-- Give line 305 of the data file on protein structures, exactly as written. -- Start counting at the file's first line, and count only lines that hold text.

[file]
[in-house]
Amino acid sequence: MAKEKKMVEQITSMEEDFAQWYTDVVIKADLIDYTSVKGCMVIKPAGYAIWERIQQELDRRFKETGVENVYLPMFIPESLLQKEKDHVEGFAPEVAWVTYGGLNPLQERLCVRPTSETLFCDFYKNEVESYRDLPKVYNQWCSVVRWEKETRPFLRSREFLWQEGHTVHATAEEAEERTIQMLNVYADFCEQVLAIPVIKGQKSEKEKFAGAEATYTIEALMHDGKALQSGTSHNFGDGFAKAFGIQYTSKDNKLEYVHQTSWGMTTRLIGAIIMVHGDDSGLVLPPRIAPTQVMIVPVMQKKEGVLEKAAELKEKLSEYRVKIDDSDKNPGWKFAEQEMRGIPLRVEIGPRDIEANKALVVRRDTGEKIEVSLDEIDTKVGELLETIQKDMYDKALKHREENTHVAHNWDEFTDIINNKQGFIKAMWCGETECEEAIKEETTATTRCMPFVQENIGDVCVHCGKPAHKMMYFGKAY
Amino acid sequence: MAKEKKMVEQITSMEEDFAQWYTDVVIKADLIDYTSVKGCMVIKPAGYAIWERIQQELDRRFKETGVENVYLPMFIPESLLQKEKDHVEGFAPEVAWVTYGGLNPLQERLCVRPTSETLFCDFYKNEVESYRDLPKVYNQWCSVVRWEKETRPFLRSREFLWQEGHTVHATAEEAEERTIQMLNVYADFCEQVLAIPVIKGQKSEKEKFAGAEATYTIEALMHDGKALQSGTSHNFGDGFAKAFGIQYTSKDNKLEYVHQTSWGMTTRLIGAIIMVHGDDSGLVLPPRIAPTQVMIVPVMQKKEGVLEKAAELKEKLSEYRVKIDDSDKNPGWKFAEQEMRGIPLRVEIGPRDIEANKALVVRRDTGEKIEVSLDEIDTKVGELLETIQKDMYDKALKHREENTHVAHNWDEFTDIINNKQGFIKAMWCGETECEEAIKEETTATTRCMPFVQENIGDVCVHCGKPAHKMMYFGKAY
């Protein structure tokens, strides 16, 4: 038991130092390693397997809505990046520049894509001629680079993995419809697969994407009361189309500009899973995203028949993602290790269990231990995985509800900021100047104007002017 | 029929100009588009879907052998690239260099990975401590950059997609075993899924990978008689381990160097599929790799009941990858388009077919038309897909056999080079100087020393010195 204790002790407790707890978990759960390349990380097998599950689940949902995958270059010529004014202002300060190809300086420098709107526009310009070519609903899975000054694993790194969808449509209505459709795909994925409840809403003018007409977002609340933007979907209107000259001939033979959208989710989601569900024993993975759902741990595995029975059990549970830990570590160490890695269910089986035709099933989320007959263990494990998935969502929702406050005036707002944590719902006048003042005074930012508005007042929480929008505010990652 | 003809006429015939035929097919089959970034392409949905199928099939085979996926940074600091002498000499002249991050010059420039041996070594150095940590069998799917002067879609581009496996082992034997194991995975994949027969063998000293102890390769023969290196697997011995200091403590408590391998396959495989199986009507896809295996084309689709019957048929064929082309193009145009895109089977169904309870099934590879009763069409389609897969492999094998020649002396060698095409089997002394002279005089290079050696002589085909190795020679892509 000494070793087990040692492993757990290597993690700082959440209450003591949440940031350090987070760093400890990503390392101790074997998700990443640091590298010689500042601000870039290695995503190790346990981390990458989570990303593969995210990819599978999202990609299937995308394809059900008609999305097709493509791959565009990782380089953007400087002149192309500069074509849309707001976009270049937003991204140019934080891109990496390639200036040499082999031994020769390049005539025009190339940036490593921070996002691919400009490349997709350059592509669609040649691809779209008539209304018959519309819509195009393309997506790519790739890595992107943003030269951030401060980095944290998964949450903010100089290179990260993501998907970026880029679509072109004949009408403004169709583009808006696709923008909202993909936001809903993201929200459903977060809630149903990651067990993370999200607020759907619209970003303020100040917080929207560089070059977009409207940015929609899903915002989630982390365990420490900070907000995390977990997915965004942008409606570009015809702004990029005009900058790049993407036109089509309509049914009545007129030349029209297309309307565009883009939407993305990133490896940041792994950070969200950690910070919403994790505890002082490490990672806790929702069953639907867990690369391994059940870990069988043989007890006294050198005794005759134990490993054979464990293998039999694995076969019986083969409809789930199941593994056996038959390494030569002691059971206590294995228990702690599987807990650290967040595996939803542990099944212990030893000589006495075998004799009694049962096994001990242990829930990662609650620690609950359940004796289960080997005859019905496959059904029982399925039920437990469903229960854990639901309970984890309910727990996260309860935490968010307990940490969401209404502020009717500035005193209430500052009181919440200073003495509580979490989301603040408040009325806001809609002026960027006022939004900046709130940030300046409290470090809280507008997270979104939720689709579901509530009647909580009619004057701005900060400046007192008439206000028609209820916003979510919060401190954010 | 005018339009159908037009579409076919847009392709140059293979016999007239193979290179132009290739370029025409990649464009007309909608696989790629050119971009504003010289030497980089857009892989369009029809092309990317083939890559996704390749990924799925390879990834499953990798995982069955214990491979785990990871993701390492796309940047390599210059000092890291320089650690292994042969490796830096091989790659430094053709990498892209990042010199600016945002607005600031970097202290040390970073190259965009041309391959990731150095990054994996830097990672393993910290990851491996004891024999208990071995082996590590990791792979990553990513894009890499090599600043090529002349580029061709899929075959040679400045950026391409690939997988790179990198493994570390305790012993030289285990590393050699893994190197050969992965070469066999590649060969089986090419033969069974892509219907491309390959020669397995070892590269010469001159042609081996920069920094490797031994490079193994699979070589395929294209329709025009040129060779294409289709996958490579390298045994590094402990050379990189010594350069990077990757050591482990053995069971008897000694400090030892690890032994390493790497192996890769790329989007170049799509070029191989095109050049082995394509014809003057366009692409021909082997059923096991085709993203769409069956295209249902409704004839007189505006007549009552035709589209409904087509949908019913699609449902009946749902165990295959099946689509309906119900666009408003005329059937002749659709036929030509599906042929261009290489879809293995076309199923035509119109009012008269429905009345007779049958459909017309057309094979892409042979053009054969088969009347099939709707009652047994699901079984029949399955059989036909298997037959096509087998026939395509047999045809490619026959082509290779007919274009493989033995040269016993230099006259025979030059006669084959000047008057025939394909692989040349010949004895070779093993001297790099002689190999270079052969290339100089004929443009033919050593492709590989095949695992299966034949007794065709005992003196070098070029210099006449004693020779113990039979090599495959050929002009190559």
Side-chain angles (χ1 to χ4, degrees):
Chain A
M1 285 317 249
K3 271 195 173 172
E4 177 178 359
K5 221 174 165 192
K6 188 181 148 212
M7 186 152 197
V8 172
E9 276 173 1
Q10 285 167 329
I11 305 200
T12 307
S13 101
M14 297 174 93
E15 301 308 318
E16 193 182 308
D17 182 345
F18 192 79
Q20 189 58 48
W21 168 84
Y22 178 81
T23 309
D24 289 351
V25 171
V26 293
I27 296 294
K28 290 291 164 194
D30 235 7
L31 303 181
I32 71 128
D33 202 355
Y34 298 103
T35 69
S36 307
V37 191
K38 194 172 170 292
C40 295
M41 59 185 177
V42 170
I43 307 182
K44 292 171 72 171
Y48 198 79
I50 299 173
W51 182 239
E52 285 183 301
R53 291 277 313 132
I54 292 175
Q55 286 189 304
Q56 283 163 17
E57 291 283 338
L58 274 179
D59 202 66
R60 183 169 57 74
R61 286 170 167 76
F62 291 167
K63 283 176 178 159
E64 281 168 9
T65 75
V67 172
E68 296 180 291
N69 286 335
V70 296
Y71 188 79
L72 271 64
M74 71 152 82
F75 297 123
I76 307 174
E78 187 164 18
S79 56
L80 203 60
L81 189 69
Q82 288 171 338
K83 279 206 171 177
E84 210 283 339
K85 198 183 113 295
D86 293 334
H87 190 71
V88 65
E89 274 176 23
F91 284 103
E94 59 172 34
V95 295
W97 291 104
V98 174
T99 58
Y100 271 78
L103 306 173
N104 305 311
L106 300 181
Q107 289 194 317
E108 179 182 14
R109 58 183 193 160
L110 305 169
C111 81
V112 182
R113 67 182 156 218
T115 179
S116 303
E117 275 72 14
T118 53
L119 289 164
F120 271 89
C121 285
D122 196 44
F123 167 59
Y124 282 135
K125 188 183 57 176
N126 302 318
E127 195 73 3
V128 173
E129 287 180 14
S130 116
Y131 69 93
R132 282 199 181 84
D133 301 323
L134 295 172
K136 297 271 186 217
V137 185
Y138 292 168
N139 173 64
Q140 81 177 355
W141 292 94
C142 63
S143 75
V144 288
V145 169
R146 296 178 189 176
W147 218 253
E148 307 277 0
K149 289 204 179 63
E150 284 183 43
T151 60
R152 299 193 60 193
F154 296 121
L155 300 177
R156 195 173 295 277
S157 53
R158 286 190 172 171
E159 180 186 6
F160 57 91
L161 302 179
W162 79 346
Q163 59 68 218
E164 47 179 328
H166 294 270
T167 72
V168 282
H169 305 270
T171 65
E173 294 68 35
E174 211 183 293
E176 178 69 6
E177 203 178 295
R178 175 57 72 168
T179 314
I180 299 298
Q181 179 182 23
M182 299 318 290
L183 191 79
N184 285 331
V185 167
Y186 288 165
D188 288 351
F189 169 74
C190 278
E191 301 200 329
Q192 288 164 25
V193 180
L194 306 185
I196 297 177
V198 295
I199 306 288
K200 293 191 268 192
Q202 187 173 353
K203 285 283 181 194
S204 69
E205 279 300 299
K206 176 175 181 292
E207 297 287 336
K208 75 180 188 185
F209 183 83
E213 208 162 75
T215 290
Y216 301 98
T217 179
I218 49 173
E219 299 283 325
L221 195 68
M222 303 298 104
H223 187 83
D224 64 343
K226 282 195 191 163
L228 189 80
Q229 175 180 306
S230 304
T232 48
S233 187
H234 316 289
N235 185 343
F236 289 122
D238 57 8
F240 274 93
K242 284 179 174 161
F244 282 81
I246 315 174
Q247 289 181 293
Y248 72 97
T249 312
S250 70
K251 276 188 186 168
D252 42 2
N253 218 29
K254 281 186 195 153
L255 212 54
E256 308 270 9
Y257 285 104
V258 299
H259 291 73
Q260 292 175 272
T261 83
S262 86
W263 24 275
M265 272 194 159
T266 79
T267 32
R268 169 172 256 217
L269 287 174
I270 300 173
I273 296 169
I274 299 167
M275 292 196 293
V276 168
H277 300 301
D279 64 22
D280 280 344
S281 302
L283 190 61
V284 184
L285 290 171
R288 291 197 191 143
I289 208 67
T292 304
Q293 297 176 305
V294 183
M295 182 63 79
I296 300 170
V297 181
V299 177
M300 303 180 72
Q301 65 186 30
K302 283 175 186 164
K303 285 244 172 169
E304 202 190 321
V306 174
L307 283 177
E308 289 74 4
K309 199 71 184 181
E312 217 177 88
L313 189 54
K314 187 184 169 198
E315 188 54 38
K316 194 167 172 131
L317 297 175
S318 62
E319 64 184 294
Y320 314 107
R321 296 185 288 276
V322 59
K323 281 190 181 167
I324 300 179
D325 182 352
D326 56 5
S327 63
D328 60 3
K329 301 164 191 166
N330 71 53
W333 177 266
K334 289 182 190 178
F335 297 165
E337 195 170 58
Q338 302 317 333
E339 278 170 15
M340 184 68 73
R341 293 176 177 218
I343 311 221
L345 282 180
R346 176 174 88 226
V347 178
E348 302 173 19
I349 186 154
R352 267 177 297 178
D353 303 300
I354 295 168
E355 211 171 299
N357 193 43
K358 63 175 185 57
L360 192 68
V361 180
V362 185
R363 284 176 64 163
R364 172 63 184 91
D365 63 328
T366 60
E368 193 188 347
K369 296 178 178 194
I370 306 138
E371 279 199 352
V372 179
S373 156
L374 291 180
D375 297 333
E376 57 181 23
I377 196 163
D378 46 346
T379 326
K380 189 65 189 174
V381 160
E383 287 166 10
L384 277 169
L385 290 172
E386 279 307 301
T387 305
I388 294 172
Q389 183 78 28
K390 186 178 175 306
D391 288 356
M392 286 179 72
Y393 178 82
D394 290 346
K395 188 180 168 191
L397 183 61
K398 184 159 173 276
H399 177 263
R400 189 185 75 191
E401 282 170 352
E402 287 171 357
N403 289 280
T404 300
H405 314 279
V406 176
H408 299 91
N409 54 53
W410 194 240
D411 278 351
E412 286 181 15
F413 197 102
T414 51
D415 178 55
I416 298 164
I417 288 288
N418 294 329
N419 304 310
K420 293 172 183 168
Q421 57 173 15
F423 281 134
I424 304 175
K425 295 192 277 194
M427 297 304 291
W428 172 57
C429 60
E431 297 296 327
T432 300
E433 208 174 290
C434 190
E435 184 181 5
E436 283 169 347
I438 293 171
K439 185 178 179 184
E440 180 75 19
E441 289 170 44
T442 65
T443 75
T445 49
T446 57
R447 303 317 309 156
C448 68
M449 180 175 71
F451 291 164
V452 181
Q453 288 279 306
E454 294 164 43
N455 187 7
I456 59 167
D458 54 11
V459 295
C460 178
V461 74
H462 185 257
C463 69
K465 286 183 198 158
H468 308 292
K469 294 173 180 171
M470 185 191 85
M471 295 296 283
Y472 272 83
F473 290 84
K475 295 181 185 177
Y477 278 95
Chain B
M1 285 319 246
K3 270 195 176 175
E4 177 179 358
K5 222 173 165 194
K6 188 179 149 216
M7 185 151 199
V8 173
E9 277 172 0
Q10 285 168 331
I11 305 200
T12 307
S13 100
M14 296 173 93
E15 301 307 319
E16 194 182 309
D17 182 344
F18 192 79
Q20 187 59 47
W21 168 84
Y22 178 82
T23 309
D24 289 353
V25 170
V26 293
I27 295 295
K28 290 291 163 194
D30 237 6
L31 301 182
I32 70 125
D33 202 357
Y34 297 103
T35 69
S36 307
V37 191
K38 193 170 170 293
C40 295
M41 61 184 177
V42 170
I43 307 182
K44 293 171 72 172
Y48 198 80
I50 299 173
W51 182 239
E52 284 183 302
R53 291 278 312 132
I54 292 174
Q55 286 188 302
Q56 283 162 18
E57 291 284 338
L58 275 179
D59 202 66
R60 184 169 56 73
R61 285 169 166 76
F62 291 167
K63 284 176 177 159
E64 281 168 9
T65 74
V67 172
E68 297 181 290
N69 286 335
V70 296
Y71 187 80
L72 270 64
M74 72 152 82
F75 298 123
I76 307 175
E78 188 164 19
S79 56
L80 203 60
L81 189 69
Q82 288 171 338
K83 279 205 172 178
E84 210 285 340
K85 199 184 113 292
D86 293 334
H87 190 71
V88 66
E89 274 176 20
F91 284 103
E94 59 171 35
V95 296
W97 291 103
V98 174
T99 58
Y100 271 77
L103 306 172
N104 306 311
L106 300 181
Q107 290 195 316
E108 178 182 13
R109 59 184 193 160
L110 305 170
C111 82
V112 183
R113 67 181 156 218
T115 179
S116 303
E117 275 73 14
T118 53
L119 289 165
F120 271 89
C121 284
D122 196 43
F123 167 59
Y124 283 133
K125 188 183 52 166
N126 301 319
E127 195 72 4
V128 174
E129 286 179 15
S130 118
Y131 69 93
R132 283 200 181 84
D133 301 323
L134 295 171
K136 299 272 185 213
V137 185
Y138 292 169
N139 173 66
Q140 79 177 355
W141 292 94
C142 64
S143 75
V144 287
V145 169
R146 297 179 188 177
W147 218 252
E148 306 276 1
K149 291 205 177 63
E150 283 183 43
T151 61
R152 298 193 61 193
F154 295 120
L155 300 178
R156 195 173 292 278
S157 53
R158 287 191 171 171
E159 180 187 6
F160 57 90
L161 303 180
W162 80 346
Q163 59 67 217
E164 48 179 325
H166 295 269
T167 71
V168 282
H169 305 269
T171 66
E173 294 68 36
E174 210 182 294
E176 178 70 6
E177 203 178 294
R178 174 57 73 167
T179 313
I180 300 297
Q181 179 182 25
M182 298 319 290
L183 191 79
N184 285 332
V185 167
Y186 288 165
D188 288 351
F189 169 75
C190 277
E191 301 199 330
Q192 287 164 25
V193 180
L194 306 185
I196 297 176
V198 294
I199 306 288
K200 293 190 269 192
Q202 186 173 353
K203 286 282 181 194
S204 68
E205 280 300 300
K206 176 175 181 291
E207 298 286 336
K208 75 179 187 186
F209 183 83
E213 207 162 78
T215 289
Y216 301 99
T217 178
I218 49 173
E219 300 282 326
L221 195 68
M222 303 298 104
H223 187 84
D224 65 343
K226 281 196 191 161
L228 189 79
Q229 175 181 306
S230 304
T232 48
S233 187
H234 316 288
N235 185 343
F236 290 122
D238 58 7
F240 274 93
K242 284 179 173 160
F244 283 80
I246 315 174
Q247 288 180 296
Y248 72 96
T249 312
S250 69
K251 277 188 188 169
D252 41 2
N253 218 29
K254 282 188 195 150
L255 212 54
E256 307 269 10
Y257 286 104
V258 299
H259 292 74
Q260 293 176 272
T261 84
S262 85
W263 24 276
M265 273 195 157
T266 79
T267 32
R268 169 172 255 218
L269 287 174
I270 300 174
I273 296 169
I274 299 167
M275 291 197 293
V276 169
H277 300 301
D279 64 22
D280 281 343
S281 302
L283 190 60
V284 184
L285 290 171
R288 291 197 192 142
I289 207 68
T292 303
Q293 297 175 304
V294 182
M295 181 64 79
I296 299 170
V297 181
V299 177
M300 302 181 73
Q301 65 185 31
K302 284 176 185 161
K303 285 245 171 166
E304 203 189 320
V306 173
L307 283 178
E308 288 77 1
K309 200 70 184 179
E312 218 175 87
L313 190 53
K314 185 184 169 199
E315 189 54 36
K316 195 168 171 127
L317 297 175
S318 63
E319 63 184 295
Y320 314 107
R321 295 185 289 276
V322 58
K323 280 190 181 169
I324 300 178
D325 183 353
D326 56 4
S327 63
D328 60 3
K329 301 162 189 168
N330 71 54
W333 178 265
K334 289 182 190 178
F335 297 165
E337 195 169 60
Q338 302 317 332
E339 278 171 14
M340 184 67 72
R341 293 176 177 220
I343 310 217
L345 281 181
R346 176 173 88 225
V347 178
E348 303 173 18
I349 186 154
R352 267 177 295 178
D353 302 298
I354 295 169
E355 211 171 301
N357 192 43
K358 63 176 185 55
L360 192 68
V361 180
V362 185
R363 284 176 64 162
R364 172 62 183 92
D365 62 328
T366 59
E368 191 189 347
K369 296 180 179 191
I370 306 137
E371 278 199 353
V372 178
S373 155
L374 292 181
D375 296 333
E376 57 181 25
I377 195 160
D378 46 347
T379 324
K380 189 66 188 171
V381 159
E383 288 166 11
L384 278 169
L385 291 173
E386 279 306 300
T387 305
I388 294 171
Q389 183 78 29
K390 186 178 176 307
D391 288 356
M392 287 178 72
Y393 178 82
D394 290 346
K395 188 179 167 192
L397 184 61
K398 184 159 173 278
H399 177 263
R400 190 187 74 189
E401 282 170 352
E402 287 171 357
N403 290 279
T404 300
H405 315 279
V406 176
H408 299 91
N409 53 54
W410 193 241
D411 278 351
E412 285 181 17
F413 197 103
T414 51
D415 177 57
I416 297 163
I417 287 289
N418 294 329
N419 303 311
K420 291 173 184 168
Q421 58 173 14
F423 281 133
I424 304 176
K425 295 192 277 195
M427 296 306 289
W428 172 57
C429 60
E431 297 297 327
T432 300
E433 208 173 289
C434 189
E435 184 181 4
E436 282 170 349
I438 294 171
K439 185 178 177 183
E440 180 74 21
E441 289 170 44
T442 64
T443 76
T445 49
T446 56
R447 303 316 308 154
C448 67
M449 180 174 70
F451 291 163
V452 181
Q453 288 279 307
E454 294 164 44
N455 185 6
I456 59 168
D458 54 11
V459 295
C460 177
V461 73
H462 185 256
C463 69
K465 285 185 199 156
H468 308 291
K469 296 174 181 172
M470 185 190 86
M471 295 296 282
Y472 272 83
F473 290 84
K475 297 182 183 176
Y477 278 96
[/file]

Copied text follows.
R363 284 176 64 163